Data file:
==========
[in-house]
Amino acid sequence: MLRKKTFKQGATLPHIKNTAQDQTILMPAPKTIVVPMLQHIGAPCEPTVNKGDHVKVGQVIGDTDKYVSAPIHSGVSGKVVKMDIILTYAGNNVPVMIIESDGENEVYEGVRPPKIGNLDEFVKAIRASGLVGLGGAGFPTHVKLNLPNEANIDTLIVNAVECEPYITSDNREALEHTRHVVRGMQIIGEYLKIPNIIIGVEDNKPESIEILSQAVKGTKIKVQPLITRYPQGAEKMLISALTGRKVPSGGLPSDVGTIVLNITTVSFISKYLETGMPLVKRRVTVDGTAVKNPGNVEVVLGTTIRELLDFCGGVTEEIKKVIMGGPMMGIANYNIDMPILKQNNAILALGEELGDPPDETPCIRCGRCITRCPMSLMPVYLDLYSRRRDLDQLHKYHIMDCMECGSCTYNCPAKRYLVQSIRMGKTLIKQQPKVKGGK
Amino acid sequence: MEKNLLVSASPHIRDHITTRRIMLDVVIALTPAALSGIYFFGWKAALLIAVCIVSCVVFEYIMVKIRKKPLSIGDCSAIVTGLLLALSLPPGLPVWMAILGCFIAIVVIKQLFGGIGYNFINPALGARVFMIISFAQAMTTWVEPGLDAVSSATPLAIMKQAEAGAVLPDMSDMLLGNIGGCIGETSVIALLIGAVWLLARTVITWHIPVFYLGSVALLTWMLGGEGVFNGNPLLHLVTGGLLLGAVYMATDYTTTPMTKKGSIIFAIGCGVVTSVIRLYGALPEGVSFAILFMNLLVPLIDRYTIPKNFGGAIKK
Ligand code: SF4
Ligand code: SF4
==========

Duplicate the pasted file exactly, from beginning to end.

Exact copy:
[in-house]
Amino acid sequence: MLRKKTFKQGATLPHIKNTAQDQTILMPAPKTIVVPMLQHIGAPCEPTVNKGDHVKVGQVIGDTDKYVSAPIHSGVSGKVVKMDIILTYAGNNVPVMIIESDGENEVYEGVRPPKIGNLDEFVKAIRASGLVGLGGAGFPTHVKLNLPNEANIDTLIVNAVECEPYITSDNREALEHTRHVVRGMQIIGEYLKIPNIIIGVEDNKPESIEILSQAVKGTKIKVQPLITRYPQGAEKMLISALTGRKVPSGGLPSDVGTIVLNITTVSFISKYLETGMPLVKRRVTVDGTAVKNPGNVEVVLGTTIRELLDFCGGVTEEIKKVIMGGPMMGIANYNIDMPILKQNNAILALGEELGDPPDETPCIRCGRCITRCPMSLMPVYLDLYSRRRDLDQLHKYHIMDCMECGSCTYNCPAKRYLVQSIRMGKTLIKQQPKVKGGK
Amino acid sequence: MEKNLLVSASPHIRDHITTRRIMLDVVIALTPAALSGIYFFGWKAALLIAVCIVSCVVFEYIMVKIRKKPLSIGDCSAIVTGLLLALSLPPGLPVWMAILGCFIAIVVIKQLFGGIGYNFINPALGARVFMIISFAQAMTTWVEPGLDAVSSATPLAIMKQAEAGAVLPDMSDMLLGNIGGCIGETSVIALLIGAVWLLARTVITWHIPVFYLGSVALLTWMLGGEGVFNGNPLLHLVTGGLLLGAVYMATDYTTTPMTKKGSIIFAIGCGVVTSVIRLYGALPEGVSFAILFMNLLVPLIDRYTIPKNFGGAIKK
Ligand code: SF4
Ligand code: SF4